Industry Insights
The Critical Steps for Successful Point Defect Analysis June 5, 2012 | by Derek Hammill, Defect Analyst

The markets for roll-to-roll precision multi-layer coating have rapidly expanded. Whether coating flexible substrates for LCD and alternative display technologies, touch screens, flexible electronics or solar, battery and fuel cell assemblies, and beyond, quality remains the key competitive differentiator. Customer expectations make it essential that every step of the coating process be conducted with the utmost detail and problem-solving expertise.

Eliminating point defects is a critical requirement for ensuring the delivery of high-quality products. Despite their small size (5 microns – 10 mm), point defects have the potential to dramatically affect the final outcome of the finished product. Therefore, it is crucial to conduct a proper root cause analysis of point defects to resolve problems.

The first step to determining the defect and its cause is to examine it optically. To do this, the defect is placed under a compound microscope to search for defects ranging from two microns to several hundred.  For larger defects, or defects with significant depth, a stereoscope is more suitable. Lighting choices for this examination include transmitted, reflected and oblique options as well as the choice of altering the light with polarizers, DIC, and color filters. This is usually done on a sample-by-sample basis.

Once the defect has been viewed under the proper conditions, the contract coating partner can try to decipher whether the point defect is foreign debris, a gel from undissolved resin, repellency, or unwanted byproduct from the solution being coated. Based on a number of variables such as its color, shape, edges, hardness or opacity, some information can be gathered about its cause. For example, if it is a contaminant, the contract coater can often physically dig the object out of the coating, or if the debris is not soluble, extract the contaminant by dissolving the coating. The shape can provide clues as to the cause of the defect (divots), the source of the defect (gravure pattern) and the directionality of the defect.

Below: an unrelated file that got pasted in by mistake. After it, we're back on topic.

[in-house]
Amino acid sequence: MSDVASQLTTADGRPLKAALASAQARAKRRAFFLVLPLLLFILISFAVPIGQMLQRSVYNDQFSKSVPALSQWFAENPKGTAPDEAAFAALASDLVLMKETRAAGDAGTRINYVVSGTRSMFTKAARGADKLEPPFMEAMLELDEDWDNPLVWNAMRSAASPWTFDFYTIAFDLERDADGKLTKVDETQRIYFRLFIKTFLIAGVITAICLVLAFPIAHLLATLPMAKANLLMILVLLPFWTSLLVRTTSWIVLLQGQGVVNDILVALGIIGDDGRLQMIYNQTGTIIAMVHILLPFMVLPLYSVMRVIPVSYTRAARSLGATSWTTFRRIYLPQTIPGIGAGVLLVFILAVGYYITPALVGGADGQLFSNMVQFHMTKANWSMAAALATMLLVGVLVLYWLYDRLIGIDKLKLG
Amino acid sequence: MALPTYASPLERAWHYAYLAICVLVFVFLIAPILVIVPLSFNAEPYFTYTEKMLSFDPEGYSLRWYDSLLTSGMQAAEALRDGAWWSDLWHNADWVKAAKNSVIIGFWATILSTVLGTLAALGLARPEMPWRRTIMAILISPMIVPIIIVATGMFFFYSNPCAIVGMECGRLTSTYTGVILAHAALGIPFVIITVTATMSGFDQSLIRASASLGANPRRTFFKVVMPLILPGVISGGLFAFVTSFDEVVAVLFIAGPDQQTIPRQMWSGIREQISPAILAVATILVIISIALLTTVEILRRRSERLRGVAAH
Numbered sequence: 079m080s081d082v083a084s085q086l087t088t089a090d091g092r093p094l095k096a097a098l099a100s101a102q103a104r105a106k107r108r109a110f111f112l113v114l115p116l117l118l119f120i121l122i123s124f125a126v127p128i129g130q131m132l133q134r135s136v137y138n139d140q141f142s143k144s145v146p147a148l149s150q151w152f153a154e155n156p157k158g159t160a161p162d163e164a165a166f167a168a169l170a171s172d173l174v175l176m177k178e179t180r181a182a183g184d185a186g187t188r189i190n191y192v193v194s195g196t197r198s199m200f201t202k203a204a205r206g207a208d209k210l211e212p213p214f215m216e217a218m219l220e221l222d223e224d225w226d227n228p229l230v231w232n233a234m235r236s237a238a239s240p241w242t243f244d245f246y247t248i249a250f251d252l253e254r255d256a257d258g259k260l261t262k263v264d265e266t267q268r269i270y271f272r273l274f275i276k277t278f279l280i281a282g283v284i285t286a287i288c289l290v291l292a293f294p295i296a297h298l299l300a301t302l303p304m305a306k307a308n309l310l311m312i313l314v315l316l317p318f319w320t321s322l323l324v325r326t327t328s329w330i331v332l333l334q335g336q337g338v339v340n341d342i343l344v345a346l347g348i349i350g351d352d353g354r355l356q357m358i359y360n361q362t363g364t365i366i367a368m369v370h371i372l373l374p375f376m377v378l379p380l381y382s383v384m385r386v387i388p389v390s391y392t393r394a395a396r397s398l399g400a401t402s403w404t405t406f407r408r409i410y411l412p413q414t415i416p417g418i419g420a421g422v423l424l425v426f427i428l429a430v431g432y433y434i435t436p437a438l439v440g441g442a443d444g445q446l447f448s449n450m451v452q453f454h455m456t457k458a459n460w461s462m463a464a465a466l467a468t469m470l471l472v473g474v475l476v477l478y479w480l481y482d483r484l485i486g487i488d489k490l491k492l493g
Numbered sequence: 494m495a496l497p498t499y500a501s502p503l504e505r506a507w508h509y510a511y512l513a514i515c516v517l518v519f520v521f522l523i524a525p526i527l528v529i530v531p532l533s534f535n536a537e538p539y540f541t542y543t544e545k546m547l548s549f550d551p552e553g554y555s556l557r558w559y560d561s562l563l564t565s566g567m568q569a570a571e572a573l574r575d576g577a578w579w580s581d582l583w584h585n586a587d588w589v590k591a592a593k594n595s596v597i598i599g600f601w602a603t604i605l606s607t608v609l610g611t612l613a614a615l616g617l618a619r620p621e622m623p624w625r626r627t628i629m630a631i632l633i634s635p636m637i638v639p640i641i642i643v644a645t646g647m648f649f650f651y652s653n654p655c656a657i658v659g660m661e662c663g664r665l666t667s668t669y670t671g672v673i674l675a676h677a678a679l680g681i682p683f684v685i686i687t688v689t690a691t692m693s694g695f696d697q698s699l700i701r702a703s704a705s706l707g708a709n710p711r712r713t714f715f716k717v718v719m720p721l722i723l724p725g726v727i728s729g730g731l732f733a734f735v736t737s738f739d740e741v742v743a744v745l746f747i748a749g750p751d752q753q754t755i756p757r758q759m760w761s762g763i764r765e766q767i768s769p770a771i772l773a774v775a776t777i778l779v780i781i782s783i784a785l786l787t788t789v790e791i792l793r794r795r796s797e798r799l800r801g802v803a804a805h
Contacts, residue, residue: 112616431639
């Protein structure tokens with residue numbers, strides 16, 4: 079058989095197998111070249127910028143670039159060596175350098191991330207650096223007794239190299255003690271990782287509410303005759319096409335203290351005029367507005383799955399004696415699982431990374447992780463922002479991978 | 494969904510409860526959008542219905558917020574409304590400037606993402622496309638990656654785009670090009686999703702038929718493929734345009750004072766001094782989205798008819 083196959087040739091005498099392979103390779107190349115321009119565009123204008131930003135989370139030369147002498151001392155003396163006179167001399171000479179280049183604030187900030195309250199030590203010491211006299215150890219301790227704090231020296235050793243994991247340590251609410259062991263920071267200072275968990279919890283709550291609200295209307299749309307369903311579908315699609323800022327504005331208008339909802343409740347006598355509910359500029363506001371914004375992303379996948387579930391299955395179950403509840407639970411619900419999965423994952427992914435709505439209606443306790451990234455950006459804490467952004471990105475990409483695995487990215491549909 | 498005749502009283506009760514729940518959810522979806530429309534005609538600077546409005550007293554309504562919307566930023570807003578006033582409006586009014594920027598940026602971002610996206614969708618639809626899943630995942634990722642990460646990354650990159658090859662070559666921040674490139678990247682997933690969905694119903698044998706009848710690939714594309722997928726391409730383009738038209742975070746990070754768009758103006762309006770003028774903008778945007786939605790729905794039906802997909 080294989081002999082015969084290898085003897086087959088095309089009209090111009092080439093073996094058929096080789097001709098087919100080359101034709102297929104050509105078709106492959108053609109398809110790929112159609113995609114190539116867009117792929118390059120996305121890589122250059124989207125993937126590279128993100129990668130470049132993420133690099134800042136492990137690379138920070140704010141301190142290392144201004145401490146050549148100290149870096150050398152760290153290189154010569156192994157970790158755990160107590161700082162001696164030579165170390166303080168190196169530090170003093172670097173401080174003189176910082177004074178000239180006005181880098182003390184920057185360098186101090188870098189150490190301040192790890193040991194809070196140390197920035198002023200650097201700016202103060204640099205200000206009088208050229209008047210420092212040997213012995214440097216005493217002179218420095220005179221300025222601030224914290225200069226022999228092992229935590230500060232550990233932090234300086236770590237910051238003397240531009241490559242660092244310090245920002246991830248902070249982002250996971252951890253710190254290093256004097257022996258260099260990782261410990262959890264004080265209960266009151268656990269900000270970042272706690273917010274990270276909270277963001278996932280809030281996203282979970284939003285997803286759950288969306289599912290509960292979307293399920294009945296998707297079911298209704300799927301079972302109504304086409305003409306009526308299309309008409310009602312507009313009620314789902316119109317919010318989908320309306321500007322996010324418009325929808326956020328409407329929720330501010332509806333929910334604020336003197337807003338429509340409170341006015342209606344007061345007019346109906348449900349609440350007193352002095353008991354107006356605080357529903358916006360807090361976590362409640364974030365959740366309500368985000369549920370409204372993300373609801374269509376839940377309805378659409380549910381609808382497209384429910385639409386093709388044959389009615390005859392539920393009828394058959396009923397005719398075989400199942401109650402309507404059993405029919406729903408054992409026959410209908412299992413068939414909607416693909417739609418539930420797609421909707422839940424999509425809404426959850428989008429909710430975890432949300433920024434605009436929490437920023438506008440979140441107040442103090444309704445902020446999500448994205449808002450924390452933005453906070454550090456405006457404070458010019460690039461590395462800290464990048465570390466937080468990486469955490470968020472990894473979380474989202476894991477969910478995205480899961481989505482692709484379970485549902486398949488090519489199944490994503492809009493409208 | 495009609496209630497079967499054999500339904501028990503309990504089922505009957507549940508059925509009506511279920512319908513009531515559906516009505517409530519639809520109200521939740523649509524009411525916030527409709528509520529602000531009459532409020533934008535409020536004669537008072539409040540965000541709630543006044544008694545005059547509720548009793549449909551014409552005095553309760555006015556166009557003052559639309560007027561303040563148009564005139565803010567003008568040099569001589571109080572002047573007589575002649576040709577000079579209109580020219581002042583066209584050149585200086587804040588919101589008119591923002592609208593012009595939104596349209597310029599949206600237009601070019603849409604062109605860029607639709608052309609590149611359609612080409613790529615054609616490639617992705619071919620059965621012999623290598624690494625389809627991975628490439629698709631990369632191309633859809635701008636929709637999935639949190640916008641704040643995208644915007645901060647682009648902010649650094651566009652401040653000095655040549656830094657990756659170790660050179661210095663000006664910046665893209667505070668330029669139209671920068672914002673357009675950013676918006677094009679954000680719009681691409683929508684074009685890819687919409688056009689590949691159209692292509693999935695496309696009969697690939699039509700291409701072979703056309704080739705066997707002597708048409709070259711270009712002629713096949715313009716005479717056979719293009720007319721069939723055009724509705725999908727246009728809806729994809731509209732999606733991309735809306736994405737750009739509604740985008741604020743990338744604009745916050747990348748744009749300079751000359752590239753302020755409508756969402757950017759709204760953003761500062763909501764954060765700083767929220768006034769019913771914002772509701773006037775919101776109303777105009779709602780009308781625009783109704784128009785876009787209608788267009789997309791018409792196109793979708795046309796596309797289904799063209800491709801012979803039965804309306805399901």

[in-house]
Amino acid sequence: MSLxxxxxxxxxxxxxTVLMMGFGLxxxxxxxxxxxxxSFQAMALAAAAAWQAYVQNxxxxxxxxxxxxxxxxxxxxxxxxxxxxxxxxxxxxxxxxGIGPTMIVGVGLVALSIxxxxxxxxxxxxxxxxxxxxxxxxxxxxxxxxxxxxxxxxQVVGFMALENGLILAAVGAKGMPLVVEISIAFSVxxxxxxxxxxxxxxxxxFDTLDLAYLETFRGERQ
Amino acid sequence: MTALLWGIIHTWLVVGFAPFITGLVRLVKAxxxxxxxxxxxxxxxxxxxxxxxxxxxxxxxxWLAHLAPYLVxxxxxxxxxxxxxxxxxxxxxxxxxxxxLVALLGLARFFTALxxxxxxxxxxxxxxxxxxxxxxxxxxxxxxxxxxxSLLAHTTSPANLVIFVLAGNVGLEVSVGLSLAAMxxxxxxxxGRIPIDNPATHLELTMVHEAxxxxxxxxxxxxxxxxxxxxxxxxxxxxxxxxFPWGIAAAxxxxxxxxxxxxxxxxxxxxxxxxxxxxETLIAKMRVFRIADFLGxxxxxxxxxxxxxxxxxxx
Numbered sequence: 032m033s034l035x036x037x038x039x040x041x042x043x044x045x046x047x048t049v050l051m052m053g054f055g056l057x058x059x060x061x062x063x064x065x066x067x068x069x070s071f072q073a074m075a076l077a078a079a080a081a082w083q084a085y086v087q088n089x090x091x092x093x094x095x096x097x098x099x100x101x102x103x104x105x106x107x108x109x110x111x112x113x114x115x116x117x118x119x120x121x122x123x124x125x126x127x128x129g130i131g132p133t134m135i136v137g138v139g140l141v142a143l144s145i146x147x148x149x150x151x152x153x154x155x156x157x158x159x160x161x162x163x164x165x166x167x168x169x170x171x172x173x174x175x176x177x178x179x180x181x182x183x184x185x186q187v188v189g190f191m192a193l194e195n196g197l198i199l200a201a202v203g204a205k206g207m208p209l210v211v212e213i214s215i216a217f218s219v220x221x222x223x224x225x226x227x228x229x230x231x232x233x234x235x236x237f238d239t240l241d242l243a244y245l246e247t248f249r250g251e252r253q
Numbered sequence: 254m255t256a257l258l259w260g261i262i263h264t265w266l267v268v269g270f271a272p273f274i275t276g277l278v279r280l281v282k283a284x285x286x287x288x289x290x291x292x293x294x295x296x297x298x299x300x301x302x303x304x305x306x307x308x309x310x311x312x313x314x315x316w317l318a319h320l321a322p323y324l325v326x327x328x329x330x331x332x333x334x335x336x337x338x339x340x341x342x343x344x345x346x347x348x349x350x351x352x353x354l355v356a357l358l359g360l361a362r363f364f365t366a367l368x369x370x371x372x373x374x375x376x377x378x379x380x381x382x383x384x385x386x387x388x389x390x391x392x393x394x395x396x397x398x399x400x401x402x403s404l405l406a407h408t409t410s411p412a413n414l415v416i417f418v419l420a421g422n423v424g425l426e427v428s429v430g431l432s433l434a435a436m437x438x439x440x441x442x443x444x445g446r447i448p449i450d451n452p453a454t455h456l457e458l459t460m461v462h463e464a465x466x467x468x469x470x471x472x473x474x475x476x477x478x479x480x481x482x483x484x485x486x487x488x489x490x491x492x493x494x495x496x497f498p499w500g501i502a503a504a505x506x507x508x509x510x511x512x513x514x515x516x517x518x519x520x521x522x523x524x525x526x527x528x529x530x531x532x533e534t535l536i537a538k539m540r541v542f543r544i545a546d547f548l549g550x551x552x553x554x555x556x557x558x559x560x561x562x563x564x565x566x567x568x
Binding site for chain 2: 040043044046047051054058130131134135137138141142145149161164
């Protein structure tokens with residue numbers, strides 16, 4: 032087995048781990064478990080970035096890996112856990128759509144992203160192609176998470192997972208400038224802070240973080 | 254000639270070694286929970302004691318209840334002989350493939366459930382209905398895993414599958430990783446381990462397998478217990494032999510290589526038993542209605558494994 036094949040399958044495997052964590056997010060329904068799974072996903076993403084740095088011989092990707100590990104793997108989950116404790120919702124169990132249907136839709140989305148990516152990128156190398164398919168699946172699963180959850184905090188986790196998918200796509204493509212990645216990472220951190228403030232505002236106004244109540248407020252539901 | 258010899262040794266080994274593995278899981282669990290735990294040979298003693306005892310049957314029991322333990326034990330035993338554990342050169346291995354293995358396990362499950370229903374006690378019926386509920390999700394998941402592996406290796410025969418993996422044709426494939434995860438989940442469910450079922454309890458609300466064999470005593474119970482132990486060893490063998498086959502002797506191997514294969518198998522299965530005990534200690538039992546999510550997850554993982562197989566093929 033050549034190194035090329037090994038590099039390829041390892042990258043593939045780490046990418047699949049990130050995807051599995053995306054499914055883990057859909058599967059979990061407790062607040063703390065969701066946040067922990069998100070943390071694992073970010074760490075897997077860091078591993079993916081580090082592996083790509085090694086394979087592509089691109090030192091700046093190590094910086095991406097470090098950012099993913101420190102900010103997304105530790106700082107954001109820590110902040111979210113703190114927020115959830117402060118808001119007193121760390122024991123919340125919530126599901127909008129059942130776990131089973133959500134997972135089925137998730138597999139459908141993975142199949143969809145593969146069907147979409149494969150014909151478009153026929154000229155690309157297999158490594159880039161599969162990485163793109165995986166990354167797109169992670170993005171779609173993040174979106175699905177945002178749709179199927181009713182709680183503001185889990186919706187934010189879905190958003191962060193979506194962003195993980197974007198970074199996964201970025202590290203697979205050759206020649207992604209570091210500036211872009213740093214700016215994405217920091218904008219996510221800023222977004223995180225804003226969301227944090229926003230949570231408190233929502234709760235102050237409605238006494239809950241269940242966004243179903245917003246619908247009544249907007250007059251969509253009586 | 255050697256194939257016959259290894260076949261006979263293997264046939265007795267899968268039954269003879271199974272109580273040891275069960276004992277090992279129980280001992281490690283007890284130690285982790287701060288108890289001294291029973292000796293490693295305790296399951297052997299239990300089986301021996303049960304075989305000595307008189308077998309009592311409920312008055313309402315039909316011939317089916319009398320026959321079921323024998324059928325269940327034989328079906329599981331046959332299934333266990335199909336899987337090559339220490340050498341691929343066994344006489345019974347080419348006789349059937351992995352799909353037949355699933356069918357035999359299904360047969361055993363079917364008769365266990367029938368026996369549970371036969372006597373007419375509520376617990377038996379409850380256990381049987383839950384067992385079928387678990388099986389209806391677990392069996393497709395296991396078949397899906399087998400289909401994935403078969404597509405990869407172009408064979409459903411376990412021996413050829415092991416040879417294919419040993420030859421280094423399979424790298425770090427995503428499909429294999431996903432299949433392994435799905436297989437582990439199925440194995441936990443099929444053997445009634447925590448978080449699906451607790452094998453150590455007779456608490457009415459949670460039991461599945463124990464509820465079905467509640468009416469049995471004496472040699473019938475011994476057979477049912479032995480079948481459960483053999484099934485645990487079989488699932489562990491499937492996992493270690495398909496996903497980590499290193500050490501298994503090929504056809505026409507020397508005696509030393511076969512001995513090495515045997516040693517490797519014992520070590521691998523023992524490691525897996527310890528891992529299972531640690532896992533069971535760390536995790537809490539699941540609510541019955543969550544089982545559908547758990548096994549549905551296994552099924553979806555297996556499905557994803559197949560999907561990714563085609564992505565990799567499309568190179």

Once the contaminant is extracted, it is important to determine the defect’s composition. A Fourier transform infrared (FTIR) spectrometer, which records the interaction of infrared radiation with experimental samples, can be used to determine if the composition of the defect is an organic compound. Examples of common organic compounds include cotton, polyester, polyvinyl alcohol, rubber, acrylate, polyethylene, etc. In contrast, a scanning electron microscope (SEM), which uses electrons rather than light to form an image, can determine if the defect consists of inorganic materials like stainless steel, copper, zinc, brass, silver, etc. It can also decipher the distribution of the elements near the surface of the coating. This can be seen as a false color image or as a line scan.